Wondering what the source of that musty air conditioner smell coming out of your car’s air vents is? Unfortunately, that unctuous odor could pose a significant risk to you and your family’s health.
It can be important that you make every effort to eliminate the causes of musty smells right away to help prevent toxins from entering your airway and lungs.But the bad AC smell isn’t going to go away on its own. It will take a little detective work and a bit of elbow grease, but there’s a good chance you’ll have success removing AC odors if you follow this quick guide.
Here’s what you need to know about diagnosing the source of a musty air conditioner smell and how to eliminate it.
What Are the Causes of Musty Smells in Car Air Conditioners?
The most likely source of the bad air conditioner smell in your car is your AC evaporator. Air conditioner units produce a lot of moisture. That’s normal.
However, when moisture is left to accumulate, it can cause mold, mildew, and fungus to grow.
When your AC unit blows cold air through the evaporator, it picks up the spores of that mold and fungus. Then the spores blow right into the faces, orifices, and lungs of you and your passengers.
Unfortunately, inhaling mold can be dangerous. It can make people with sensitivities very ill. Mold is especially dangerous for those with allergies or asthma.
The following components of your car’s AC unit are the most likely places to grow mold and produce the musty odor you want to remove.
Clogged Evaporator Drain
When your AC unit is functioning properly, the moisture it produces evaporates. There is a drain hole on the evaporator that allows the accumulated moisture to escape.
It’s easy for the evaporator drain hole to get clogged with leaves and other plant debris. When the evaporator gets clogged, the moisture from the AC cannot drain.
The moisture that collects inside the evaporator is the ideal environment for mold to grow and thrive.
You’ll know your evaporator is clogged if you don’t see a puddle of water underneath your car’s engine when your AC is running. Another indicator of a clogged evaporator drain is wet patches on the floor of your car.
Clogged Air Vents
Another possible source of the musty air conditioner smell is your car’s air vents.
Normally, debris that gets into a car’s AC unit gets caught by the cabin filter. When this doesn’t work, it is very common for leaves and other plant matter to get stuck inside the manifold.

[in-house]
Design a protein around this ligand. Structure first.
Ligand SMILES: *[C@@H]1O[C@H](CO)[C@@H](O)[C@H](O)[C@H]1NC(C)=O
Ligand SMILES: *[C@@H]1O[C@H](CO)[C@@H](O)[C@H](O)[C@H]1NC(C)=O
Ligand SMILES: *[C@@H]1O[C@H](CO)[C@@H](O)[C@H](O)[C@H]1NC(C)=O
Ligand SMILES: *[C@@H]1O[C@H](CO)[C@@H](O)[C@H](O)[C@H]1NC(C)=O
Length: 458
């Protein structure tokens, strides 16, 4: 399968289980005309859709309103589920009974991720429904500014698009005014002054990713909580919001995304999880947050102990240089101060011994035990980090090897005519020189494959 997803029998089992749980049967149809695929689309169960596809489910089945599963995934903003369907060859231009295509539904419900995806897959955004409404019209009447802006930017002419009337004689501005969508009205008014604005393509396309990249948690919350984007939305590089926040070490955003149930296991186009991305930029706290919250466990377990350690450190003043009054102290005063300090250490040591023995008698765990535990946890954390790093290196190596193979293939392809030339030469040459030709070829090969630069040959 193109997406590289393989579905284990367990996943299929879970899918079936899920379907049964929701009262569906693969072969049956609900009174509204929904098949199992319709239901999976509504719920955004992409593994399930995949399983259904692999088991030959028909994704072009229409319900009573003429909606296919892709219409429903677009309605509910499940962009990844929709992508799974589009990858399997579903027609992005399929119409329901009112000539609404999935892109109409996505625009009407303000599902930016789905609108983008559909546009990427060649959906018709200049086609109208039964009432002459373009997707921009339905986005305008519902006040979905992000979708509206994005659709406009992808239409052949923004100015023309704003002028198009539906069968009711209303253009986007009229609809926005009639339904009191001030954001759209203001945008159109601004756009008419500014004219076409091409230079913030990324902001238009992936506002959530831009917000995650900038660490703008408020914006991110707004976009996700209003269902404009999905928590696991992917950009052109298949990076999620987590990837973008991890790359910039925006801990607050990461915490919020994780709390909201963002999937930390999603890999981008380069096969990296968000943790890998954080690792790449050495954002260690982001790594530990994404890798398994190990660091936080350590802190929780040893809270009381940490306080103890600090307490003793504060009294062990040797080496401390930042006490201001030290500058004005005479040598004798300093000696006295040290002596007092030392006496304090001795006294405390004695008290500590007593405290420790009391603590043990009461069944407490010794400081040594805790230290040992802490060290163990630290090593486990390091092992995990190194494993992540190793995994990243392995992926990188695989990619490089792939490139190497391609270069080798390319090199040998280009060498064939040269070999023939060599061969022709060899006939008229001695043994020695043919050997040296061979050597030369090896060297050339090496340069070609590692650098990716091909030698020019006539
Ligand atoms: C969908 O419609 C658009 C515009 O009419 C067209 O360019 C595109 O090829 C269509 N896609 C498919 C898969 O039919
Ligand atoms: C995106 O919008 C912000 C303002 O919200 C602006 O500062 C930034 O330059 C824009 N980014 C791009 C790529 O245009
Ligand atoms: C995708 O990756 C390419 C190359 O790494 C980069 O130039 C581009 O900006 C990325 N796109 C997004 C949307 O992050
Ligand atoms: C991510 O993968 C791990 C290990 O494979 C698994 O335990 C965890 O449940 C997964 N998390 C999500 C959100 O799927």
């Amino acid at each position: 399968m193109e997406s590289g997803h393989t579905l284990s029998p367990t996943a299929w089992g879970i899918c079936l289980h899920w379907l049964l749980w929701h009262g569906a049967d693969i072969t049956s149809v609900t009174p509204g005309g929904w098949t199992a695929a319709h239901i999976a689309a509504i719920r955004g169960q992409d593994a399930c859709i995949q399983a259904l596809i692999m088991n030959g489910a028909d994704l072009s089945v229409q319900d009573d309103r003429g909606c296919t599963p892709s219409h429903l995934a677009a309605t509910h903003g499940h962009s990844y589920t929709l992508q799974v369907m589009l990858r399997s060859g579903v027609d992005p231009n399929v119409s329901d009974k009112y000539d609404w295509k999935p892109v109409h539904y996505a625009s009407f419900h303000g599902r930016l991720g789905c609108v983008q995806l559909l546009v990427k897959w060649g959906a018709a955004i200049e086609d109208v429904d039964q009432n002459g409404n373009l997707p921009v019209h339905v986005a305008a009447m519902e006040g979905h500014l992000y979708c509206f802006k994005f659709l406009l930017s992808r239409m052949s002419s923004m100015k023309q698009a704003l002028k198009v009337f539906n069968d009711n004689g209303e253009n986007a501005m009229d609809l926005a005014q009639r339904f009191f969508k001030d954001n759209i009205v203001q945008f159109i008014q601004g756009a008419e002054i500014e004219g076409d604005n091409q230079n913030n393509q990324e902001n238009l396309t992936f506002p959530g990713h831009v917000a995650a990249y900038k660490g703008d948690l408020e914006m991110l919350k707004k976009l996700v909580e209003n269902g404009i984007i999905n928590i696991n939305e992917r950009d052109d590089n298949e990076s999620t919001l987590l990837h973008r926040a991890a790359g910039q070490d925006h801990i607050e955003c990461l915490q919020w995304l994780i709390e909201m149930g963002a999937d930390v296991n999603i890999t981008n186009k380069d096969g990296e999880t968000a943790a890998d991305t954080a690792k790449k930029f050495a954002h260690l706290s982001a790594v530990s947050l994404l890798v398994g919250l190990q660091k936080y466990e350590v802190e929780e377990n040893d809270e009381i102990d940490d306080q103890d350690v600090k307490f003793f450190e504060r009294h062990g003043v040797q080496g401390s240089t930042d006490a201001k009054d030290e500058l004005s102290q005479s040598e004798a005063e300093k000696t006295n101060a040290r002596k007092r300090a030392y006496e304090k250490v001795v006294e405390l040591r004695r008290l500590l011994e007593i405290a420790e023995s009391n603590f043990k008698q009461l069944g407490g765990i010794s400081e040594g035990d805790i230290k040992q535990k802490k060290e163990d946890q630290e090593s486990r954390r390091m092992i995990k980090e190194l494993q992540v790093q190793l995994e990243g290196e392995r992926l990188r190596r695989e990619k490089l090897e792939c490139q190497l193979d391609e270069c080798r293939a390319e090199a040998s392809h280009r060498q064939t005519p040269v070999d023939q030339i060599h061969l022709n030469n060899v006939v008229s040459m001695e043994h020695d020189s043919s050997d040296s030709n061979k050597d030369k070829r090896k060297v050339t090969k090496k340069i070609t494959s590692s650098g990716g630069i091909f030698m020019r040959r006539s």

With nowhere to go, this debris collects in the air vents. Combined with the moisture from the AC, the debris begins to grow mold as it decays.
Clogged Cabin Filter
Finally, if the smell isn’t coming from the evaporator drain or the air vents, it most likely coming from the cabin filter. As mentioned, cabin filters prevent debris from entering the air vents.
Your cabin filter should work properly as long as you make sure to replace it every 30,000 miles or according to the manufacturer’s guidelines.
If your cabin filter is too old or doesn’t fit properly, it can absorb moisture and produce mold.
How To Get Rid of a Bad Car Air Conditioner Smell
If cleaning AC units sounds like a chore, you’ll be glad to know that’s the absolute last step in getting rid of the bad AC smell in your car. Before you get your yellow gloves on, try checking the rest of these fixes off your list.
Unclog Your Evaporator Drain
To do this you’ll need to locate the evaporator drain hole. It’s black and resembles the nut on the end of a garden hose. If the drain hole is dry while the air conditioner is running, it is very likely clogged.
To remove the clog, get a poking device like a paper clip or wire clothes hanger and insert it into the hole. Push it in a few inches and move it around. When water comes out of the hole you’ve unclogged it.
Remove Debris From Your Air Vents
Check under the hood of your car to see if there are any leaves or other debris blocking your air vents. If you find any, remove it using your hands or a vacuum hose.
Replace Your Cabin Filter
There’s no good way to clean a dirty cabin filter. The best thing to do is replace it.
Clean Your Car AC Unit
If none of these solutions rid your car of that bad air conditioner smell, you probably need to clean your AC. To do this, you’ll need a mold prevention spray.
You can use a specialty spray, a common cleaner like Lysol, or make your own natural cleaner with vinegar and water.
Turn your AC off and spray the cleaner into every air vent in your car. Then turn the AC on and blast it to circulate the cleaner around the entire system.
If this doesn’t work then it’s probably time to learn about replacing AC units. Having a properly functioning car air conditioner benefits your car and your health. It might even save you money on gas.
Know When To Turn Your AC Off
The best way to get rid of a bad air conditioner smell is to prevent it. When it’s hot out, the majority of drivers probably wait to turn off their AC until they arrive at their destination.
But while you’re driving, your AC has been producing moisture. That moisture is now all over your evaporator when you turn your car off, creating the perfect conditions for mold to grow.
To prevent this from happening, get in the habit of turning your AC off a few minutes before you reach your destination. That way your evaporator has time to dry off before you park your car.
Car Maintenance Solutions
Want to get rid of that bad air conditioner smell once and for all? Start by diagnosing the problem (hint hint, it’s your AC evaporator), and then try one of the simple fixes listed above.
If that doesn’t work, talk to an automotive expert about getting an AC replacement. It’s important to keep up with car maintenance and nothing gets more wear and tear than your tires. Treads is on a mission to make tire purchasing and maintenance convenient for everyone on the road. Sign up for one of our hassle-free subscription plans so you won’t ever have to give your tires another thought.